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Once in a great while, as the New York Times noted recently, a naturalist writes a book that changes the way people look at the living world. John James Audubonrs"s Birds of America, published in 1838, was one. Roger Tory Petersonrs"s 1934 Field Guide to the Birds was another. How does such insight into nature develop?Pioneering a new niche in the study of plants and animals in their native habitat, Field Notes on Science and Nature allows readers to peer over the shoulders and into the notebooks of a dozen eminent field workers, to study firsthand their observational methods, materials, and fleeting impressions.What did George Schaller note when studying the lions of the Serengeti? What lists did Kenn Kaufman keep during his 1973 "big year"? How does Piotr Naskrecki use relational databases and electronic field notes? In what way is Bernd Heinrichrs"s approach "truly Thoreauvian," in E. O. Wilsonrs"s view? Recording observations in the field is an indispensable scientific skill, but researchers are not generally willing to share their personal records with others. Here, for the first time, are reproductions of actual pages from notebooks. And in essays abounding with fascinating anecdotes, the authors reflect on the contexts in which the notes were taken.Covering disciplines as diverse as ornithology, entomology, ecology, paleontology, anthropology, botany, and animal behavior, Field Notes offers specific examples that professional naturalists can emulate to fine-tune their own field methods, along with practical advice that amateur naturalists and students can use to document their adventures.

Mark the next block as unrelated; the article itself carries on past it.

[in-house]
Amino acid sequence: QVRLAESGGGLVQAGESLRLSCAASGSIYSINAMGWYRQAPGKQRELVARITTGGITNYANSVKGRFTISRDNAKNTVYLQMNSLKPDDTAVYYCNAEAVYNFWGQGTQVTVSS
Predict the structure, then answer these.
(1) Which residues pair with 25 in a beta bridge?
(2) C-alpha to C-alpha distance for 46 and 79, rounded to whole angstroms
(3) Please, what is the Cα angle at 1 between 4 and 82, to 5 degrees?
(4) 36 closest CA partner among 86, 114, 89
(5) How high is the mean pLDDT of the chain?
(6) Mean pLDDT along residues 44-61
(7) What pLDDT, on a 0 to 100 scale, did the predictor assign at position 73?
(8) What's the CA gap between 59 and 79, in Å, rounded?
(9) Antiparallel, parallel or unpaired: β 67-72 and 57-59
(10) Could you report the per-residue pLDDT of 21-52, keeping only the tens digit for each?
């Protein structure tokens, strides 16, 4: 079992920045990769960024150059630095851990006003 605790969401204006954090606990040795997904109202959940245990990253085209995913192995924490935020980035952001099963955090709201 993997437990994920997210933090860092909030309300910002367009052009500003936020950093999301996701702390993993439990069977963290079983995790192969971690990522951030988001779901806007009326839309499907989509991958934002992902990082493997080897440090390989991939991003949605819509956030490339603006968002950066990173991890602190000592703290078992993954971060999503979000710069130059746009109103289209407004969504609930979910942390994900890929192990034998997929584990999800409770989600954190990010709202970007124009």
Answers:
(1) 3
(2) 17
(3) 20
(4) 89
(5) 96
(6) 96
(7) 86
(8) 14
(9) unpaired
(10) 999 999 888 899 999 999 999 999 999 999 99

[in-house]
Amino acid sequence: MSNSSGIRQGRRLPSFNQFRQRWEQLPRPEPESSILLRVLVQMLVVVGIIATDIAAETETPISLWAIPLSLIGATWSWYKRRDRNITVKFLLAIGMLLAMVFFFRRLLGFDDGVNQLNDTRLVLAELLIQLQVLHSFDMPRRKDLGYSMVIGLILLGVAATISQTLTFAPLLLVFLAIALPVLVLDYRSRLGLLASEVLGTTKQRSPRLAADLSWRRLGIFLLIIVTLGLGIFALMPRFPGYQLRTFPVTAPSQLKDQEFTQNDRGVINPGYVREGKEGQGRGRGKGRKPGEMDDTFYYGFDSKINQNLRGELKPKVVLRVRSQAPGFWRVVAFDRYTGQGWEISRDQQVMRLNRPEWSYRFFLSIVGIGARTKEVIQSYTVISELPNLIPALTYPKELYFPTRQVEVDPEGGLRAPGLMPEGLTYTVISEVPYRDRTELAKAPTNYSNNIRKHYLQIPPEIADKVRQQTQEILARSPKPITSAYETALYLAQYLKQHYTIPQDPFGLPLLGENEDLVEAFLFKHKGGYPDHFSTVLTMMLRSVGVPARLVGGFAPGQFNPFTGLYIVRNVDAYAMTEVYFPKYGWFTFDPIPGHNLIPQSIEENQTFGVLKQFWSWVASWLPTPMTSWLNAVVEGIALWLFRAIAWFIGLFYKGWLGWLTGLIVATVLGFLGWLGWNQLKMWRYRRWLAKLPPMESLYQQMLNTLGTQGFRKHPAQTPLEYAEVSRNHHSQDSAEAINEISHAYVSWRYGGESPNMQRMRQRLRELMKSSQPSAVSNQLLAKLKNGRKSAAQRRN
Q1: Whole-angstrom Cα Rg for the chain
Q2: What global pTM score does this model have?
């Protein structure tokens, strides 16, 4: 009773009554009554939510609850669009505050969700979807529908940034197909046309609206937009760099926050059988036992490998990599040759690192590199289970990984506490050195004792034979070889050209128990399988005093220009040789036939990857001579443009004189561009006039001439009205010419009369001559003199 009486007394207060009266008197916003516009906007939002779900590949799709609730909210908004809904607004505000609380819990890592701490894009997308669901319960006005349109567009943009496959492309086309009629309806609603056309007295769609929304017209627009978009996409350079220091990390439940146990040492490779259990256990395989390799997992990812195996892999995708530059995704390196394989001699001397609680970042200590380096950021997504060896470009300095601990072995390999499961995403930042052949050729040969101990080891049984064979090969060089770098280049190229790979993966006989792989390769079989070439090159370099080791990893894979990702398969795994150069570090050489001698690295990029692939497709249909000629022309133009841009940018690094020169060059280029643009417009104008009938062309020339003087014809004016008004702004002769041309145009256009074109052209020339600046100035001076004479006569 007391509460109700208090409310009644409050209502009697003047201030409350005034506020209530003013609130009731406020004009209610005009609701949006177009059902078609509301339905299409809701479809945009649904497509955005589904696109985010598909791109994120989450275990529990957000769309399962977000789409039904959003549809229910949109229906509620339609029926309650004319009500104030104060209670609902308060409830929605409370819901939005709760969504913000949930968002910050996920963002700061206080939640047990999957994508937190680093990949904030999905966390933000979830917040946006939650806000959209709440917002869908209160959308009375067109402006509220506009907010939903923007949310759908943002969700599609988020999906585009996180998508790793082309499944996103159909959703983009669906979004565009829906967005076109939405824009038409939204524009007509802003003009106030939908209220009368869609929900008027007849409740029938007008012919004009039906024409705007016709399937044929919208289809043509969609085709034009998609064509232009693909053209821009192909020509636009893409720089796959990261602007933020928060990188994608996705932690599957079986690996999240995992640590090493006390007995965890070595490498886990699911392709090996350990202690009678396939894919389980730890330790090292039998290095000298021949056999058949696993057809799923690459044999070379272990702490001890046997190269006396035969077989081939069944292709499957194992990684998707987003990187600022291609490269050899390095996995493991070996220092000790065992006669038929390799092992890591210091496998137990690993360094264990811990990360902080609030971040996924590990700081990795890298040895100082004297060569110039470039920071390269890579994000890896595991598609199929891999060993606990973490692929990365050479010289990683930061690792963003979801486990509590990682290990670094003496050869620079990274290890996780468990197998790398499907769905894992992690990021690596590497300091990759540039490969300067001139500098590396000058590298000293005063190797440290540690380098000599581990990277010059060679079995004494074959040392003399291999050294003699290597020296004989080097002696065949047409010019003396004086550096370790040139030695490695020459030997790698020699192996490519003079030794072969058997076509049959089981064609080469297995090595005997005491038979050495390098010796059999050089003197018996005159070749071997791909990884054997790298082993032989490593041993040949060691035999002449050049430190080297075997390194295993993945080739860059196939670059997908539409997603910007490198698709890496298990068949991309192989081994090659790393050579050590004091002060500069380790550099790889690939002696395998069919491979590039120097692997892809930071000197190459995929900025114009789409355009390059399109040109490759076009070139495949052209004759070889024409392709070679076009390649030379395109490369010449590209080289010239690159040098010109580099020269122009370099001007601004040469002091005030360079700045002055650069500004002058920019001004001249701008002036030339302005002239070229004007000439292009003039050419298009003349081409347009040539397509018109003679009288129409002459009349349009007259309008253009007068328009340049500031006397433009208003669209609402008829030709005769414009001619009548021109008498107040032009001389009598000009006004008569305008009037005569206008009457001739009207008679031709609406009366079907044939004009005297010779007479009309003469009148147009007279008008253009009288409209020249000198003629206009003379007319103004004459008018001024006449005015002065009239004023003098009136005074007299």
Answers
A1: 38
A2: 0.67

Table of Contents
The Pleasure of Observing
Untangling the Bank
One and a Half Cheers for List-Keeping
A Reflection of the Truth
Linking Researchers across Generations
The Spoken and the Unspoken
In the Eye of the Beholder
The Evolution and Fate of Botanical Field Books
Note-Taking for Pencilophobes
Letters to the Future
Why Keep a Field Notebook?
Table of Contents provided by Ingram. All Rights Reserved.